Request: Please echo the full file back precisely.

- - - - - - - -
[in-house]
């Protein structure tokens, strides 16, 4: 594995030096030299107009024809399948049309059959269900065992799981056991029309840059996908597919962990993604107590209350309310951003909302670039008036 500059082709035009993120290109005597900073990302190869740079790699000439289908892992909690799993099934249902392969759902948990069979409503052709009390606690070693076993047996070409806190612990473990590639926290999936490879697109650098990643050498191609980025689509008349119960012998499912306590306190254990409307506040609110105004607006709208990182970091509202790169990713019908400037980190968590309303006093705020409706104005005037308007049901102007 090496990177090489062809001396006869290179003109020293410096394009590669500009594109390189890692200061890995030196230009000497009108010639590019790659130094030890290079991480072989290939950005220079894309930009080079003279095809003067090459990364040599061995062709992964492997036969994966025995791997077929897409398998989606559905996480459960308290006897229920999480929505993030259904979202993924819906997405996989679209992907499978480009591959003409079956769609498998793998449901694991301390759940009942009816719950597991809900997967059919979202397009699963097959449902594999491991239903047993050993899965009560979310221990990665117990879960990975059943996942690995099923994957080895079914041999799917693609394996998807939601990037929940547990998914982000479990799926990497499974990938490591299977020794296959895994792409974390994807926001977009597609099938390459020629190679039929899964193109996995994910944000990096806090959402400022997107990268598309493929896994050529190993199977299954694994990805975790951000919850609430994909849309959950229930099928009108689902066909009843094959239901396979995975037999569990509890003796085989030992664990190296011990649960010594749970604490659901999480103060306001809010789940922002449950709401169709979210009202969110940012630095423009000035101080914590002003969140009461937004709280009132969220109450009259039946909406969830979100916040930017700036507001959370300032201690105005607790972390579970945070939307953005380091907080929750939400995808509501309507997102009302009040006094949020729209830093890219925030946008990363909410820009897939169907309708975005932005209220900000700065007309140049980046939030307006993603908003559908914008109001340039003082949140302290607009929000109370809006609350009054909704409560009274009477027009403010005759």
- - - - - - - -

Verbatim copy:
[in-house]
């Protein structure tokens, strides 16, 4: 594995030096030299107009024809399948049309059959269900065992799981056991029309840059996908597919962990993604107590209350309310951003909302670039008036 500059082709035009993120290109005597900073990302190869740079790699000439289908892992909690799993099934249902392969759902948990069979409503052709009390606690070693076993047996070409806190612990473990590639926290999936490879697109650098990643050498191609980025689509008349119960012998499912306590306190254990409307506040609110105004607006709208990182970091509202790169990713019908400037980190968590309303006093705020409706104005005037308007049901102007 090496990177090489062809001396006869290179003109020293410096394009590669500009594109390189890692200061890995030196230009000497009108010639590019790659130094030890290079991480072989290939950005220079894309930009080079003279095809003067090459990364040599061995062709992964492997036969994966025995791997077929897409398998989606559905996480459960308290006897229920999480929505993030259904979202993924819906997405996989679209992907499978480009591959003409079956769609498998793998449901694991301390759940009942009816719950597991809900997967059919979202397009699963097959449902594999491991239903047993050993899965009560979310221990990665117990879960990975059943996942690995099923994957080895079914041999799917693609394996998807939601990037929940547990998914982000479990799926990497499974990938490591299977020794296959895994792409974390994807926001977009597609099938390459020629190679039929899964193109996995994910944000990096806090959402400022997107990268598309493929896994050529190993199977299954694994990805975790951000919850609430994909849309959950229930099928009108689902066909009843094959239901396979995975037999569990509890003796085989030992664990190296011990649960010594749970604490659901999480103060306001809010789940922002449950709401169709979210009202969110940012630095423009000035101080914590002003969140009461937004709280009132969220109450009259039946909406969830979100916040930017700036507001959370300032201690105005607790972390579970945070939307953005380091907080929750939400995808509501309507997102009302009040006094949020729209830093890219925030946008990363909410820009897939169907309708975005932005209220900000700065007309140049980046939030307006993603908003559908914008109001340039003082949140302290607009929000109370809006609350009054909704409560009274009477027009403010005759």